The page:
Understanding Peripheral Artery Disease in Women

Annual Women’s Health Section


It’s easy to let health fall by the wayside, especially when life gets busy. But it’s always important to listen to the little voice in your head that suspects something isn’t right. Here, we highlight common health concerns for women, what to look out for, and when to see your doctor. Don’t let your busy schedule stand in the way of getting the help you need!


By Lindsey June


Peripheral artery disease is a vascular condition that can have serious complications for women. 


Understanding Peripheral Artery Disease

Peripheral artery disease (PAD) is a circulatory disorder where narrowed arteries reduce blood flow to the limbs. When the arms and legs don’t receive enough blood, they may not function properly. PAD is a serious condition that often goes undiagnosed until symptoms present themselves.

It is particularly important for women to stay on top of their vascular health, as reproductive factors make them susceptible to conditions like PAD. Studies show that women are also hit harder – and sooner – than men with the condition.  


Causes and Symptoms 

Peripheral artery disease is caused by fatty deposits that build up on artery walls, reducing blood flow. When this process – known as atherosclerosis – occurs in the arteries that supply blood to the limbs, it causes PAD. Risk factors for atherosclerosis include smoking, diabetes, obesity, high blood pressure, and a family history of heart disease.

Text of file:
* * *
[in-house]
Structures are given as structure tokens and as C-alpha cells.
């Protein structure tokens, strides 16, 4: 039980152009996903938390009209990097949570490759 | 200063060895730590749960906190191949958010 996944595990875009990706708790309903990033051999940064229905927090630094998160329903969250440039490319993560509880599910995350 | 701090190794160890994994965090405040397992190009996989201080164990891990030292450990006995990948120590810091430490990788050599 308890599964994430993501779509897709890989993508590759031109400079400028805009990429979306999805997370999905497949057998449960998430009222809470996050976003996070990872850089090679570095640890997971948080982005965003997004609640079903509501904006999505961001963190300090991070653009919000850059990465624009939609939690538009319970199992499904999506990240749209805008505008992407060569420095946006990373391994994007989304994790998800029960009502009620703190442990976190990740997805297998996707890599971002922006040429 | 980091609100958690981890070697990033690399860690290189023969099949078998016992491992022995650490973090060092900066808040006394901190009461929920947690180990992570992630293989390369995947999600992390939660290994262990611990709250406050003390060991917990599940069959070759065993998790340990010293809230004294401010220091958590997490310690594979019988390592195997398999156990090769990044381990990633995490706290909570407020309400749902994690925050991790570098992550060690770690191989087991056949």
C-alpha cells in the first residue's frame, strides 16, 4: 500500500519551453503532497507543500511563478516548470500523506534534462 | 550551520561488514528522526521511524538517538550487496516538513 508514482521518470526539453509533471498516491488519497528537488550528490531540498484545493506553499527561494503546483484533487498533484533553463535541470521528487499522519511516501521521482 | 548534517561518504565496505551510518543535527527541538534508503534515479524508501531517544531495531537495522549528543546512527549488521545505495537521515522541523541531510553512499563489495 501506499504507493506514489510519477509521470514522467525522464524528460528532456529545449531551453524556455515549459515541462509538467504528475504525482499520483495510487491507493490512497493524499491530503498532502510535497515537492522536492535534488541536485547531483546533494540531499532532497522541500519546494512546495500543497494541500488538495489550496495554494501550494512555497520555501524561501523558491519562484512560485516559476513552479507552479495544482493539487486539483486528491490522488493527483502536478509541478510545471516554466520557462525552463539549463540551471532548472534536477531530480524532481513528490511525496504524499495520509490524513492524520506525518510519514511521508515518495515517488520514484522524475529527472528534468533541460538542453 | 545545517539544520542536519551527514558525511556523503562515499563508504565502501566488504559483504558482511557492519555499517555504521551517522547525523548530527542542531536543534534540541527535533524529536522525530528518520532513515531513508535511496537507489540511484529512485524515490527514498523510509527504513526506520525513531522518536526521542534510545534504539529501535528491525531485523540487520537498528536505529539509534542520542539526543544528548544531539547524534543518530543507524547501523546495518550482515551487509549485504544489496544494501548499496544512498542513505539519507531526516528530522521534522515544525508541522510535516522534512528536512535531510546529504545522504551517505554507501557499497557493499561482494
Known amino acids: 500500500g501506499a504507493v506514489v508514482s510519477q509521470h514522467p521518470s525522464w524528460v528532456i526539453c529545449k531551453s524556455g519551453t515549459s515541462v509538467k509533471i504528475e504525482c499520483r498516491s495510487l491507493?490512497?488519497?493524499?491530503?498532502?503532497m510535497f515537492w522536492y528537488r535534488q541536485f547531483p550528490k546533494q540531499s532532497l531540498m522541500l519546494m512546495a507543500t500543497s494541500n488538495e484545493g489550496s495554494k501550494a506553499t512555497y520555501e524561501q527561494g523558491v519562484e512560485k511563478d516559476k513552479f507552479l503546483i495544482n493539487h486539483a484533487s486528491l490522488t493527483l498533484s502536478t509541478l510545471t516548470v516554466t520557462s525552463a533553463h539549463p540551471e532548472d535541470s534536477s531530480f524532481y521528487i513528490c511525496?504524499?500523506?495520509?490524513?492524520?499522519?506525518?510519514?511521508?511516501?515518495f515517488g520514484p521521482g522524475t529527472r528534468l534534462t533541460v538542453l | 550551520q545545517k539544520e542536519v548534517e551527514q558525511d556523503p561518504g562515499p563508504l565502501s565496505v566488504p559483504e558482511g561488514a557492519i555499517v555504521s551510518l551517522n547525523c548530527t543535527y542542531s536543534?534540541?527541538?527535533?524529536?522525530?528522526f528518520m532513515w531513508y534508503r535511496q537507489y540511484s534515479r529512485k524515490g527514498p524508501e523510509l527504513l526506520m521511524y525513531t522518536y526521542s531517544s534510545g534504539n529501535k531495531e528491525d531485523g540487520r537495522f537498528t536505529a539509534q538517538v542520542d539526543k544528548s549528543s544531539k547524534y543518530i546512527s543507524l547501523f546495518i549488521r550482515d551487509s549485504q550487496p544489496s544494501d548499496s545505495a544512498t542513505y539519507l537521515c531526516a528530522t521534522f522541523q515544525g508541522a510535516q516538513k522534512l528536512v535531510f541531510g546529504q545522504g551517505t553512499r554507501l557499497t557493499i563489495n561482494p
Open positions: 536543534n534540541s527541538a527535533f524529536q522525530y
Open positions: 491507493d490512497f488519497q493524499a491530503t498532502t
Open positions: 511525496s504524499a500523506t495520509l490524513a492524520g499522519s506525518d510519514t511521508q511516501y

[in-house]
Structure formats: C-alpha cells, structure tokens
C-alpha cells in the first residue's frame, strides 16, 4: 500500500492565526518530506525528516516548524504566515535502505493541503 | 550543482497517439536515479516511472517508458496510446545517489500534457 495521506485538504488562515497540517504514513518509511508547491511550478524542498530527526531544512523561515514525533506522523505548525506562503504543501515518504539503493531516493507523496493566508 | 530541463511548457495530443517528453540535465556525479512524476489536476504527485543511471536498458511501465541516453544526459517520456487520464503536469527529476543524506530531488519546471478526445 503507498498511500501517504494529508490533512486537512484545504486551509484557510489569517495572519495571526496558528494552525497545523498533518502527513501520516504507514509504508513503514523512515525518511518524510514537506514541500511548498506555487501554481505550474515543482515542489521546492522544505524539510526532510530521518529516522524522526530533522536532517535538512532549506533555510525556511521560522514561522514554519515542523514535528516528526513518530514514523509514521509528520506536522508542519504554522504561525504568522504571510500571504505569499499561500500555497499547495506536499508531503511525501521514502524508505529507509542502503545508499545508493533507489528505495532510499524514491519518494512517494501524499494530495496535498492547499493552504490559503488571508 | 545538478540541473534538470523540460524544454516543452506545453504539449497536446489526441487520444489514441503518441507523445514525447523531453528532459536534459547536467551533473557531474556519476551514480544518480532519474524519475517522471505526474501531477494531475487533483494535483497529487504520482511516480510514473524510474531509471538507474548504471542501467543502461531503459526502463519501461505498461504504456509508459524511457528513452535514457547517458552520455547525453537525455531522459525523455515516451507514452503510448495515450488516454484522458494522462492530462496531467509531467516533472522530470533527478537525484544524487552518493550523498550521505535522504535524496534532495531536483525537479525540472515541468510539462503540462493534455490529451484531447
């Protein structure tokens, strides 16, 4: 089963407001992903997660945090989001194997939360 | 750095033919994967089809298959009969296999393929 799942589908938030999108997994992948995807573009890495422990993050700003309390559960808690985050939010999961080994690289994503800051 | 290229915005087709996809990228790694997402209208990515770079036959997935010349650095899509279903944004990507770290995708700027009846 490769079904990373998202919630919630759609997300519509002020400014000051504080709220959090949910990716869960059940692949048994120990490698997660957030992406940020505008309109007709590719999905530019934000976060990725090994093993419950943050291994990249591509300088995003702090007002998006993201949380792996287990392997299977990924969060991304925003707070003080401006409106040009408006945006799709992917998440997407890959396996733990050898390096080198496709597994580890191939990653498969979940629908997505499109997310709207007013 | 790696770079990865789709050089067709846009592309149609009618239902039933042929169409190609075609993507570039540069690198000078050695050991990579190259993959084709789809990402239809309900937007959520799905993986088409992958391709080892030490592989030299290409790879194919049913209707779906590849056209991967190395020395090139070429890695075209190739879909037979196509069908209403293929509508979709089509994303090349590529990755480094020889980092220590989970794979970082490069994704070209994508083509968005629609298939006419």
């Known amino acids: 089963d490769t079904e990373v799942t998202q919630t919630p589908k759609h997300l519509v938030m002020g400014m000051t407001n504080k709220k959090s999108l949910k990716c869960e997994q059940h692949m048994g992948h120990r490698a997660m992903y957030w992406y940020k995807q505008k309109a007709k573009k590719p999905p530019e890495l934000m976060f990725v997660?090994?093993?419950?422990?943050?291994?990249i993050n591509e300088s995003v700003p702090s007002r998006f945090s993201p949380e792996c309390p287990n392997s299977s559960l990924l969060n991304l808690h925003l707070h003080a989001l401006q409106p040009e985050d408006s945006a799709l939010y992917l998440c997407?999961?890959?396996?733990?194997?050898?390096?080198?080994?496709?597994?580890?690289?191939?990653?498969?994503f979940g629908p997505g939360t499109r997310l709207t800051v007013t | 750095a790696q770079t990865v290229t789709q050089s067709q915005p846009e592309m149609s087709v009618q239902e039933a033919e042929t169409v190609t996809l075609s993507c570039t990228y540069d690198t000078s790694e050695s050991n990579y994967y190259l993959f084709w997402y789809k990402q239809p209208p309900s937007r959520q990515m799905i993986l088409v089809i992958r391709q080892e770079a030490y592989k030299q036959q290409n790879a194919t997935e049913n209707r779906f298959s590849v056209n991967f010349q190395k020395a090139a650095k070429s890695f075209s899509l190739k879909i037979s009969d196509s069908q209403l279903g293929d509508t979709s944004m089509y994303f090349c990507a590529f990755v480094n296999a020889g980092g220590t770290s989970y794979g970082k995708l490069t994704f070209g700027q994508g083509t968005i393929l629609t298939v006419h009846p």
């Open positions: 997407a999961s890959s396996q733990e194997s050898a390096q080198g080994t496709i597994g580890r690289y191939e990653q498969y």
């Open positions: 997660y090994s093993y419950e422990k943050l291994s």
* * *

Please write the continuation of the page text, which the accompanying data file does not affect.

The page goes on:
Those with PAD may develop symptoms such as numbness or weakness in the limbs; painful cramping in the hips, thighs, or calves; coldness in the legs and feet; sores on the feet that won’t heal; shiny skin on the legs; a change in color of the legs; and pain and cramping when using your arms. 


Conditions Associated With PAD

If left untreated, peripheral artery disease can cause serious health problems such as heart attacks, strokes, transient ischemic attacks (TIA), and renal artery disease. Amputation may be necessary to prevent further complications. Women who experience strokes face worse outcomes than men, and symptoms often present themselves later. 


Prevention and Treatment

It is highly important for women to know the risk factors associated with peripheral artery disease. Preventative measures include regular exercise, eating foods low in saturated fat, maintaining a healthy weight, quitting smoking, and keeping blood sugar under control if you have diabetes. These lifestyle changes can also help treat PAD once it has already developed. Additionally, procedures like angioplasty, stent placements, and atherectomies can help with prognosis. 

If you’re a woman at risk for peripheral artery disease, it is important to reach out to your doctor to make sure you get a diagnosis and proper treatment before more serious complications arise.

expert quote from Dr. LeSar at VIC about peripheral artery disease (PAD)

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